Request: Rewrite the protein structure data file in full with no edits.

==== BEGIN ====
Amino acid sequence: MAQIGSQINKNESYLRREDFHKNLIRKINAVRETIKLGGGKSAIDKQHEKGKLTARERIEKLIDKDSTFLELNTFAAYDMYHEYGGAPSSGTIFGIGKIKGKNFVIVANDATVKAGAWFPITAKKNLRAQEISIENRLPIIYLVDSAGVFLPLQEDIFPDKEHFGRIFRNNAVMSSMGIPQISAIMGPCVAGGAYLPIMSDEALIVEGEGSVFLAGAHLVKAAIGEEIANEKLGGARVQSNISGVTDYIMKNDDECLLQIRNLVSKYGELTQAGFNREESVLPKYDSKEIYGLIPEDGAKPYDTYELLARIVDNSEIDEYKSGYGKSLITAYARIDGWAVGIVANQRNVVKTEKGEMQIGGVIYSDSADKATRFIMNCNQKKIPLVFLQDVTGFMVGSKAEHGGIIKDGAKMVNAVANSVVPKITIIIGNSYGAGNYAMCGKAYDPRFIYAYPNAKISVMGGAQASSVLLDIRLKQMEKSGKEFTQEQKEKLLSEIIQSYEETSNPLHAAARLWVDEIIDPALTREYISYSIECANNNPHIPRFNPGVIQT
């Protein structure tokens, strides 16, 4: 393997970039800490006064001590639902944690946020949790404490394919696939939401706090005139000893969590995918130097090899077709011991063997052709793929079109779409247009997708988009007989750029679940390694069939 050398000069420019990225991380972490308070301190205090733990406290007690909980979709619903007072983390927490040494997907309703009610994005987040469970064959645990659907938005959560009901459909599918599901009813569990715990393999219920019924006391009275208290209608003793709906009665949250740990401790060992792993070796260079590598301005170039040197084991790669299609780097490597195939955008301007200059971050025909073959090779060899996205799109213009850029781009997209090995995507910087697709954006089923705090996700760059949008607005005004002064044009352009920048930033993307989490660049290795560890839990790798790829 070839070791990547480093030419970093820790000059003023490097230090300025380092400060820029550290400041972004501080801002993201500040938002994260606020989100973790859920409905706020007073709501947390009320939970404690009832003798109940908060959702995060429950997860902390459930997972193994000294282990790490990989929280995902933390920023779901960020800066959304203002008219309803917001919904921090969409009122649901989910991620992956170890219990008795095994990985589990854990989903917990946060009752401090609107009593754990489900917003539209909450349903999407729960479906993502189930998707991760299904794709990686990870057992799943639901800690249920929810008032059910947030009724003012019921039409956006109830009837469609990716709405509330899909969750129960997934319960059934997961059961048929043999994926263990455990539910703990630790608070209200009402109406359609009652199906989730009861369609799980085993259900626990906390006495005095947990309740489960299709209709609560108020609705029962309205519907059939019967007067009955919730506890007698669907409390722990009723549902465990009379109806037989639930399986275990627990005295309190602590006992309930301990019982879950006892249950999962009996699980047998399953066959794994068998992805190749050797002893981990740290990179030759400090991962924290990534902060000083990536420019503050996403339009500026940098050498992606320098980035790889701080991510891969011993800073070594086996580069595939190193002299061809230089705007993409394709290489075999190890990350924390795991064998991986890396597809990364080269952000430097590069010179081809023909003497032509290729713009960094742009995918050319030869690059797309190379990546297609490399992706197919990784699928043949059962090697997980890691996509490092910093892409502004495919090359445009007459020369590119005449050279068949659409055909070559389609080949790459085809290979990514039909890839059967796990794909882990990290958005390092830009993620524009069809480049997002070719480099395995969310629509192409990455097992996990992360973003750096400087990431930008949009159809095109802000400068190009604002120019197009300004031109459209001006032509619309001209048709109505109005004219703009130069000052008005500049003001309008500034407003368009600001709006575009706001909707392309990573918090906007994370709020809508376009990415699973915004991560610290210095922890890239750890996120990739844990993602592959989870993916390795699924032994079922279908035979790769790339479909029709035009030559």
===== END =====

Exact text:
Amino acid sequence: MAQIGSQINKNESYLRREDFHKNLIRKINAVRETIKLGGGKSAIDKQHEKGKLTARERIEKLIDKDSTFLELNTFAAYDMYHEYGGAPSSGTIFGIGKIKGKNFVIVANDATVKAGAWFPITAKKNLRAQEISIENRLPIIYLVDSAGVFLPLQEDIFPDKEHFGRIFRNNAVMSSMGIPQISAIMGPCVAGGAYLPIMSDEALIVEGEGSVFLAGAHLVKAAIGEEIANEKLGGARVQSNISGVTDYIMKNDDECLLQIRNLVSKYGELTQAGFNREESVLPKYDSKEIYGLIPEDGAKPYDTYELLARIVDNSEIDEYKSGYGKSLITAYARIDGWAVGIVANQRNVVKTEKGEMQIGGVIYSDSADKATRFIMNCNQKKIPLVFLQDVTGFMVGSKAEHGGIIKDGAKMVNAVANSVVPKITIIIGNSYGAGNYAMCGKAYDPRFIYAYPNAKISVMGGAQASSVLLDIRLKQMEKSGKEFTQEQKEKLLSEIIQSYEETSNPLHAAARLWVDEIIDPALTREYISYSIECANNNPHIPRFNPGVIQT
């Protein structure tokens, strides 16, 4: 393997970039800490006064001590639902944690946020949790404490394919696939939401706090005139000893969590995918130097090899077709011991063997052709793929079109779409247009997708988009007989750029679940390694069939 050398000069420019990225991380972490308070301190205090733990406290007690909980979709619903007072983390927490040494997907309703009610994005987040469970064959645990659907938005959560009901459909599918599901009813569990715990393999219920019924006391009275208290209608003793709906009665949250740990401790060992792993070796260079590598301005170039040197084991790669299609780097490597195939955008301007200059971050025909073959090779060899996205799109213009850029781009997209090995995507910087697709954006089923705090996700760059949008607005005004002064044009352009920048930033993307989490660049290795560890839990790798790829 070839070791990547480093030419970093820790000059003023490097230090300025380092400060820029550290400041972004501080801002993201500040938002994260606020989100973790859920409905706020007073709501947390009320939970404690009832003798109940908060959702995060429950997860902390459930997972193994000294282990790490990989929280995902933390920023779901960020800066959304203002008219309803917001919904921090969409009122649901989910991620992956170890219990008795095994990985589990854990989903917990946060009752401090609107009593754990489900917003539209909450349903999407729960479906993502189930998707991760299904794709990686990870057992799943639901800690249920929810008032059910947030009724003012019921039409956006109830009837469609990716709405509330899909969750129960997934319960059934997961059961048929043999994926263990455990539910703990630790608070209200009402109406359609009652199906989730009861369609799980085993259900626990906390006495005095947990309740489960299709209709609560108020609705029962309205519907059939019967007067009955919730506890007698669907409390722990009723549902465990009379109806037989639930399986275990627990005295309190602590006992309930301990019982879950006892249950999962009996699980047998399953066959794994068998992805190749050797002893981990740290990179030759400090991962924290990534902060000083990536420019503050996403339009500026940098050498992606320098980035790889701080991510891969011993800073070594086996580069595939190193002299061809230089705007993409394709290489075999190890990350924390795991064998991986890396597809990364080269952000430097590069010179081809023909003497032509290729713009960094742009995918050319030869690059797309190379990546297609490399992706197919990784699928043949059962090697997980890691996509490092910093892409502004495919090359445009007459020369590119005449050279068949659409055909070559389609080949790459085809290979990514039909890839059967796990794909882990990290958005390092830009993620524009069809480049997002070719480099395995969310629509192409990455097992996990992360973003750096400087990431930008949009159809095109802000400068190009604002120019197009300004031109459209001006032509619309001209048709109505109005004219703009130069000052008005500049003001309008500034407003368009600001709006575009706001909707392309990573918090906007994370709020809508376009990415699973915004991560610290210095922890890239750890996120990739844990993602592959989870993916390795699924032994079922279908035979790769790339479909029709035009030559």